Also gone is the Bear Country Jamboree (are you kidding me?), and the Adventure Through Inner Space, which simulated the experience of having your body shrunk down to the size of an atom. The good news is, Inner Space has been replaced with Star Tours, a most excellent 3-D seat shaker with witty dialog and excellent presentation. Pirates of the Caribbean is mercifully untouched, except for the introduction of not one but three animatronic Jack Sparrows. Freaky thing is, the Sparrow robots are 30 years more modern than all the rest in that ride, and the first one leaves you pretty well convinced they’ve parked real actors in there… until you realize he’s more than a bit repetitive. Important thing is, the spirit of the ride is untouched.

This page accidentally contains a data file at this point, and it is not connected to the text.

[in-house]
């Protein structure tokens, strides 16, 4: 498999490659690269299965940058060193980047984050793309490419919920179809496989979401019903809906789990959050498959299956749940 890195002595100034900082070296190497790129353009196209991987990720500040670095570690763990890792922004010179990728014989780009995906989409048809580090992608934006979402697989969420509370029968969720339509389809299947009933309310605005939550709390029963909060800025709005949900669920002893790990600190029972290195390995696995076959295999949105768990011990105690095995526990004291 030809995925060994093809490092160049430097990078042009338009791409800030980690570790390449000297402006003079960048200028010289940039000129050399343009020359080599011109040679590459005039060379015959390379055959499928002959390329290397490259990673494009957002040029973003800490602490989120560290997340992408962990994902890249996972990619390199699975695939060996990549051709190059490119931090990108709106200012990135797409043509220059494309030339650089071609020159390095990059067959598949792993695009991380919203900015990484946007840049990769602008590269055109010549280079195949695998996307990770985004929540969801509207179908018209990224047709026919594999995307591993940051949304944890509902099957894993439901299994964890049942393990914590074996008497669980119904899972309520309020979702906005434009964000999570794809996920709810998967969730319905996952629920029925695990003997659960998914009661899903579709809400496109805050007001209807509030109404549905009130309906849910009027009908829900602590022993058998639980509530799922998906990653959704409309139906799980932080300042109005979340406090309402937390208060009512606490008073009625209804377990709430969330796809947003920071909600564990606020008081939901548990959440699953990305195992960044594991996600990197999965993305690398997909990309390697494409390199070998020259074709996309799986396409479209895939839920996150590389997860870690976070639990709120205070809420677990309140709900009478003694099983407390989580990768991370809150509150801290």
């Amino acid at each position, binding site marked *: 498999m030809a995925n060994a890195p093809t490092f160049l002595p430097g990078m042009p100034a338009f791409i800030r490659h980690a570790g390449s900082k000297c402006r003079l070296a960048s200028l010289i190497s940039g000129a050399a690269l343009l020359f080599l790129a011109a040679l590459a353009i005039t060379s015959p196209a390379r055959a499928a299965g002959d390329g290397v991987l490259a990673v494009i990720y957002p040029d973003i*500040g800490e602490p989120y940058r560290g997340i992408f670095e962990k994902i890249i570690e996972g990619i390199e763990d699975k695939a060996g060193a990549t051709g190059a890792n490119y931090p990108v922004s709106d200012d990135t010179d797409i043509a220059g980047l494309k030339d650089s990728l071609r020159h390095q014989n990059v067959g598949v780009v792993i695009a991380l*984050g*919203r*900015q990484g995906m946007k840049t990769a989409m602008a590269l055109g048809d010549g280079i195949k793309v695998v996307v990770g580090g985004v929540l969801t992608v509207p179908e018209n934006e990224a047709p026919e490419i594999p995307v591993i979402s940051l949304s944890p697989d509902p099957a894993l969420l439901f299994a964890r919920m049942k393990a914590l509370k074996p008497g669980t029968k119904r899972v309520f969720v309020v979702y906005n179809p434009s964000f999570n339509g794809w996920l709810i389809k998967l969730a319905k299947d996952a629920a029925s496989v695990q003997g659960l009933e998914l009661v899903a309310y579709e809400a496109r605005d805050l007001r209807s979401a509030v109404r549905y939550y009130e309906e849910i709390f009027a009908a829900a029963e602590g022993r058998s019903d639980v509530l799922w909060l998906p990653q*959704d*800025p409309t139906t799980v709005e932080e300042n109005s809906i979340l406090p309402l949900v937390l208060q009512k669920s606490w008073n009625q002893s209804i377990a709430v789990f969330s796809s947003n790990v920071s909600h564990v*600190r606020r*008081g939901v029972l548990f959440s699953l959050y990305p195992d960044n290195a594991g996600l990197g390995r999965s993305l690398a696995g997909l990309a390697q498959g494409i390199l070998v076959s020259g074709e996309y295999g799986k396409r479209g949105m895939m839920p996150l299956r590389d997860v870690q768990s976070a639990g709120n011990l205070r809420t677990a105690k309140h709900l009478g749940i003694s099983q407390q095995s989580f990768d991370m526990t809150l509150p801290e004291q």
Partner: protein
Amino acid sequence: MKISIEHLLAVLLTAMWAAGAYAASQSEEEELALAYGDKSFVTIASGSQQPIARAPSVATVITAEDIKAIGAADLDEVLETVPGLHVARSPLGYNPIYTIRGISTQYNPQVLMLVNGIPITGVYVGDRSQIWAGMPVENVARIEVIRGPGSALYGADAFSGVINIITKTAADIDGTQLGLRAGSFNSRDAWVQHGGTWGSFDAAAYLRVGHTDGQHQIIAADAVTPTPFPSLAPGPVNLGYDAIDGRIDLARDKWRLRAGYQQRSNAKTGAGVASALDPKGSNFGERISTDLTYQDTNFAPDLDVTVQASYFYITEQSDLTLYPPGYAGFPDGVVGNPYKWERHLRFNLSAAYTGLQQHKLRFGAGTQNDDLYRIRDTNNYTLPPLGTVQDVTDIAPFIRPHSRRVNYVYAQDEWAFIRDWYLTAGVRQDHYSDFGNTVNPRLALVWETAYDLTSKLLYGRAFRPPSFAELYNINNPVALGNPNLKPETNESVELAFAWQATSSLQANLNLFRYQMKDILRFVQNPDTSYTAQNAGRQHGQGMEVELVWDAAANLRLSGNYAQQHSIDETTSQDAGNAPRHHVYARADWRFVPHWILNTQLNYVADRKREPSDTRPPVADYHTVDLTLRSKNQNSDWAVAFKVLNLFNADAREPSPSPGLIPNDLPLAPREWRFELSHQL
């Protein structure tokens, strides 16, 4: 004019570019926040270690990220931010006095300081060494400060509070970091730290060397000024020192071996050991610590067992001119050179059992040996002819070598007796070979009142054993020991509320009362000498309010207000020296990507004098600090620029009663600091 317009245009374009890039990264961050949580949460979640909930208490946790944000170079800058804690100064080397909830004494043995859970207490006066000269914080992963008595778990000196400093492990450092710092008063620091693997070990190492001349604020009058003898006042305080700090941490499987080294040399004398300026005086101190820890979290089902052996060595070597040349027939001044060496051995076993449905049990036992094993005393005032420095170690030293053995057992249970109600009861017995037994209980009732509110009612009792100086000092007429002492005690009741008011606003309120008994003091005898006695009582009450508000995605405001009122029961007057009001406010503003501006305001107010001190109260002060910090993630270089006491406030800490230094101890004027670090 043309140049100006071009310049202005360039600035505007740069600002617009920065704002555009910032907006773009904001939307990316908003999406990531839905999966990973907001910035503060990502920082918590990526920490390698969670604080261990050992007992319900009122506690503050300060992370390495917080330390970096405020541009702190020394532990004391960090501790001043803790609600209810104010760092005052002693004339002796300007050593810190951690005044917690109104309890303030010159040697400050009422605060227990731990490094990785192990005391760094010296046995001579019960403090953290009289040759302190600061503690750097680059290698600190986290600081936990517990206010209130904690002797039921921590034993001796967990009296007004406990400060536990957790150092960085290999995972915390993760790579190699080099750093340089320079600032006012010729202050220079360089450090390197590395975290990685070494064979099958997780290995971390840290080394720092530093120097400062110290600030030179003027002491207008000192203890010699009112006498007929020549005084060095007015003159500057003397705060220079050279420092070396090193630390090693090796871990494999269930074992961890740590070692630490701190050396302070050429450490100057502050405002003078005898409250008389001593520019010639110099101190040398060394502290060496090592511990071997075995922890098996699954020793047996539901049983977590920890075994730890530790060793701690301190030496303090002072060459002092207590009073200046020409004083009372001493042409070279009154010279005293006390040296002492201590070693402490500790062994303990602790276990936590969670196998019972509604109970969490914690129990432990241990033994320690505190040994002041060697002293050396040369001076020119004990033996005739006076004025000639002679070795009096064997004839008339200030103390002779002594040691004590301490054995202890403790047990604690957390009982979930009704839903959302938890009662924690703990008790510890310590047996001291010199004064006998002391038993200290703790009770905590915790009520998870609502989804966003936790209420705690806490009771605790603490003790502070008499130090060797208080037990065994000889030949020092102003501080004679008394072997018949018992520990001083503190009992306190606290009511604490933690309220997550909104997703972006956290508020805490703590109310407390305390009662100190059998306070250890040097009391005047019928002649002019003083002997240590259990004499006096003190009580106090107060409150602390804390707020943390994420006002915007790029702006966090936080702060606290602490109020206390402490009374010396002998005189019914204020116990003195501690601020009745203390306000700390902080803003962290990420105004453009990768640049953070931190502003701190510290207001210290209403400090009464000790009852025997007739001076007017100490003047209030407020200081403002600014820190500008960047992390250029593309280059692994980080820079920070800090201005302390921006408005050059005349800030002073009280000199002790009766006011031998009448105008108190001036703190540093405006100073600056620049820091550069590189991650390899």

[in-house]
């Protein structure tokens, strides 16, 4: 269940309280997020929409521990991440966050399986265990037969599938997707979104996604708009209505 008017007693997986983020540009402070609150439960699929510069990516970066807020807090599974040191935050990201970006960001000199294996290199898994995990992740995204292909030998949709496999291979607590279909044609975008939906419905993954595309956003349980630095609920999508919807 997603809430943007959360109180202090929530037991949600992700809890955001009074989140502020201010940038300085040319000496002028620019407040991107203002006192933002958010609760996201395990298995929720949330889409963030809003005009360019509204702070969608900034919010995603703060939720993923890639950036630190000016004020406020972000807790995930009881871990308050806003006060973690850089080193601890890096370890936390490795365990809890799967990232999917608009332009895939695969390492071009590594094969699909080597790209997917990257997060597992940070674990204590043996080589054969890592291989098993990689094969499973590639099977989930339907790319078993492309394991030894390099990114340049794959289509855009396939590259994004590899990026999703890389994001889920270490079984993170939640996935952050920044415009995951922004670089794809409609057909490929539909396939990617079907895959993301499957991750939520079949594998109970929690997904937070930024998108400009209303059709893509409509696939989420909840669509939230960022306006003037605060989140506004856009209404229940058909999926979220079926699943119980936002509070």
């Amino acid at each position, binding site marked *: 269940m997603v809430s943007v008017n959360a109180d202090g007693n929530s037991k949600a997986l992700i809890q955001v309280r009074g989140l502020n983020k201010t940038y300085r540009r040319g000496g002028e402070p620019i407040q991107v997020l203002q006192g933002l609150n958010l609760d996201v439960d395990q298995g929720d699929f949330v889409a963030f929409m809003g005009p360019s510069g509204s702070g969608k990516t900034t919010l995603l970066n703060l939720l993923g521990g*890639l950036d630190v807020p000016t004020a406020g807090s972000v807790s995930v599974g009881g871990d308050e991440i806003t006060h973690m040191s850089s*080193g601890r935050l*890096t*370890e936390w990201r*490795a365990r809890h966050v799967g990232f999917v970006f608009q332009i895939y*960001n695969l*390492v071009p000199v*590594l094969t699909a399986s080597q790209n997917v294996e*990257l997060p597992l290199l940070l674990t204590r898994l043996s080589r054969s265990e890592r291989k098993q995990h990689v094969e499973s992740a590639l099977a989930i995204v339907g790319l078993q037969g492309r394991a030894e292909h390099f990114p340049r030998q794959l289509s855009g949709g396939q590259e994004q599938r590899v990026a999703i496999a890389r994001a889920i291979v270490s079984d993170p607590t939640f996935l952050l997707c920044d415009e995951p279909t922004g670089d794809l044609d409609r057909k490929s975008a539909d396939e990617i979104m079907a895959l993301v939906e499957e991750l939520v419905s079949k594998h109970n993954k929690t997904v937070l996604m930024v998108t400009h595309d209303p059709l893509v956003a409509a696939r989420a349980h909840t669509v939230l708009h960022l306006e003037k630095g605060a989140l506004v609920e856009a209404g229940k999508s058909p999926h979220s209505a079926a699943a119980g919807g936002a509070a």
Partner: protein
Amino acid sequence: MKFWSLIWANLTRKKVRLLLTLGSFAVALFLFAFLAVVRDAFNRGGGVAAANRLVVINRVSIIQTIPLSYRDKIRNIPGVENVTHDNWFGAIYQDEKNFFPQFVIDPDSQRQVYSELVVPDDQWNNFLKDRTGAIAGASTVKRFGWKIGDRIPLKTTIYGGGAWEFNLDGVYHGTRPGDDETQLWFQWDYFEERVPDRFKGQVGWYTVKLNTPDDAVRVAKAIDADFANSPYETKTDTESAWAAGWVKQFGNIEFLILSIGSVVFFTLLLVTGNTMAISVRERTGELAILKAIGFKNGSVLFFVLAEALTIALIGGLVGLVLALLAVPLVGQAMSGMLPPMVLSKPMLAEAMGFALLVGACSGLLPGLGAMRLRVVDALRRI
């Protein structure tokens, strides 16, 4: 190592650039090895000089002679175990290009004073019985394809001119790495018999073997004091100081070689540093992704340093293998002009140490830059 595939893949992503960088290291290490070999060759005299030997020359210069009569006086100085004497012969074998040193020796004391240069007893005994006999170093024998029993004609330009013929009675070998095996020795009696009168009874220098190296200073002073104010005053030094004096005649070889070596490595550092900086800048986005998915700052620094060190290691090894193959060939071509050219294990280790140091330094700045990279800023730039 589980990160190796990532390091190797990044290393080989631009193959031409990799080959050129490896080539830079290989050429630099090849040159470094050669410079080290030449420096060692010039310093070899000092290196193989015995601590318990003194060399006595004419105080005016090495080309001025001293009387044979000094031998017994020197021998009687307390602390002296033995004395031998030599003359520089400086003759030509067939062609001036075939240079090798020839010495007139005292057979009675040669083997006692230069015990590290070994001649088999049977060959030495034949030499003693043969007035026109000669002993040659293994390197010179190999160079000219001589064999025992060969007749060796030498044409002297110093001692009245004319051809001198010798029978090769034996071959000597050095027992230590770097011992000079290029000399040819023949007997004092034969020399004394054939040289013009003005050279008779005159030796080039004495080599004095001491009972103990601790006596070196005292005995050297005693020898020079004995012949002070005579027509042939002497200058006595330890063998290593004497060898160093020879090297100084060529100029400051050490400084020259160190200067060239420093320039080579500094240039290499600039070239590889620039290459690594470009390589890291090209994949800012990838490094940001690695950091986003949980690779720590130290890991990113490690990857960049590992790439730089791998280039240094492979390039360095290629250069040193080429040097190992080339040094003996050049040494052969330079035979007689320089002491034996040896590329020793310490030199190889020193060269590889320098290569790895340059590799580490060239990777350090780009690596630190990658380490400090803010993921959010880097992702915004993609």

Small World

As always, one of the most amazing things about Disneyland is how sparkling everything is. Despite thousands of people milling around at all times, the streets and the rides are all spotless, cleaned relentlessly. All of the employees (sorry, “the cast”) are super friendly, and the introduction of the Fast Pass system means you don’t have to stand in lines for 45 minutes anymore if you do a bit of planning. And they still put on a fab fireworks show every single night (on top of the over-the-top Fantasmic show on the river, as well as the new World of Color spectacle at California Adventure, where we spent a second day).

Pretty much a glorious road trip, start to finish. Now if they could just do something about traffic on Southern California highways, which was miserable in both directions between LA and Ventura.